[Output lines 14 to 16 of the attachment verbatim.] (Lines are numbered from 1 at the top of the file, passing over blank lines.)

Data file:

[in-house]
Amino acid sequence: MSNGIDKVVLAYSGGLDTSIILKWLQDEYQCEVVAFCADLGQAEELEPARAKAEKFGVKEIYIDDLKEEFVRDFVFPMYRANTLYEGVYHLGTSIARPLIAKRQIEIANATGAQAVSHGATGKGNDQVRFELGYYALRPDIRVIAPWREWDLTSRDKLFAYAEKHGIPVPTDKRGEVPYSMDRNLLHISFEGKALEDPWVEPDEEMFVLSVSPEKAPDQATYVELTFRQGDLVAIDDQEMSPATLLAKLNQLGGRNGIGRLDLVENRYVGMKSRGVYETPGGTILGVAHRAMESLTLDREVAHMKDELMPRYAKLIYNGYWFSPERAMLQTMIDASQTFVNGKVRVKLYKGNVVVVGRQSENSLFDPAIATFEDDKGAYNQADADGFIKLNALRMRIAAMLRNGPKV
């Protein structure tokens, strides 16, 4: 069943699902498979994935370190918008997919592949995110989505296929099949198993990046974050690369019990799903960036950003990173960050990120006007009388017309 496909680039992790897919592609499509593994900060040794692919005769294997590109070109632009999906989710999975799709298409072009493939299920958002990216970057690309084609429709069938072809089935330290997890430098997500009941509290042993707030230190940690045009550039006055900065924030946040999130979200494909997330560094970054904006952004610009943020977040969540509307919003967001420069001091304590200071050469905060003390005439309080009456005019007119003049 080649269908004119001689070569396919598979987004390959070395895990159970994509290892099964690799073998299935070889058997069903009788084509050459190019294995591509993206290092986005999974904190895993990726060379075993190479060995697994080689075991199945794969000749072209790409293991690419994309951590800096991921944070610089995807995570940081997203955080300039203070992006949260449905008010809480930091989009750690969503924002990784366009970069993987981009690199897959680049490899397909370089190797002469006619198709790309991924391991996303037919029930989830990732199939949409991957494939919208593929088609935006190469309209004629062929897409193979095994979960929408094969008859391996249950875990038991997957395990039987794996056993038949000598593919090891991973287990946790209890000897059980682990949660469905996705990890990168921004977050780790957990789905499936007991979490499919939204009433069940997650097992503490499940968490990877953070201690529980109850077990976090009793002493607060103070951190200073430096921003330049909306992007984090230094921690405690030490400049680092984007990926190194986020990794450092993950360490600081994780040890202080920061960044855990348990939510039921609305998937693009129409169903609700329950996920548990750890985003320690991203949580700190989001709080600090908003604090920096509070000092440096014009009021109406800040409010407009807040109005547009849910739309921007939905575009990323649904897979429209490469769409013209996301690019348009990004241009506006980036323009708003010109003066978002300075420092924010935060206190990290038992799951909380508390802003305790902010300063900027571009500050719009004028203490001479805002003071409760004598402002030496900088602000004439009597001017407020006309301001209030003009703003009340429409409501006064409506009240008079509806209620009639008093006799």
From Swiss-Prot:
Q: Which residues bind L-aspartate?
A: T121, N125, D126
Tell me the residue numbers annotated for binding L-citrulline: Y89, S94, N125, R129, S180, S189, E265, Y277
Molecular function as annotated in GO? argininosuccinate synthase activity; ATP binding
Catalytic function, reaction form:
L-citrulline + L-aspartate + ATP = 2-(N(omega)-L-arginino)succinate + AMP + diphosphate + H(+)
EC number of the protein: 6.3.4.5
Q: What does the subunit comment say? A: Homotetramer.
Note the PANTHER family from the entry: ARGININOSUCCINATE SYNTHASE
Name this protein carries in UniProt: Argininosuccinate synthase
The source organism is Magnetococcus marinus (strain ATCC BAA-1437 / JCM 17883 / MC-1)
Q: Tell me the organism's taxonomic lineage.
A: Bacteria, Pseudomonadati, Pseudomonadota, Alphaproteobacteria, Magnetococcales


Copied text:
Name this protein carries in UniProt: Argininosuccinate synthase
The source organism is Magnetococcus marinus (strain ATCC BAA-1437 / JCM 17883 / MC-1)
Q: Tell me the organism's taxonomic lineage.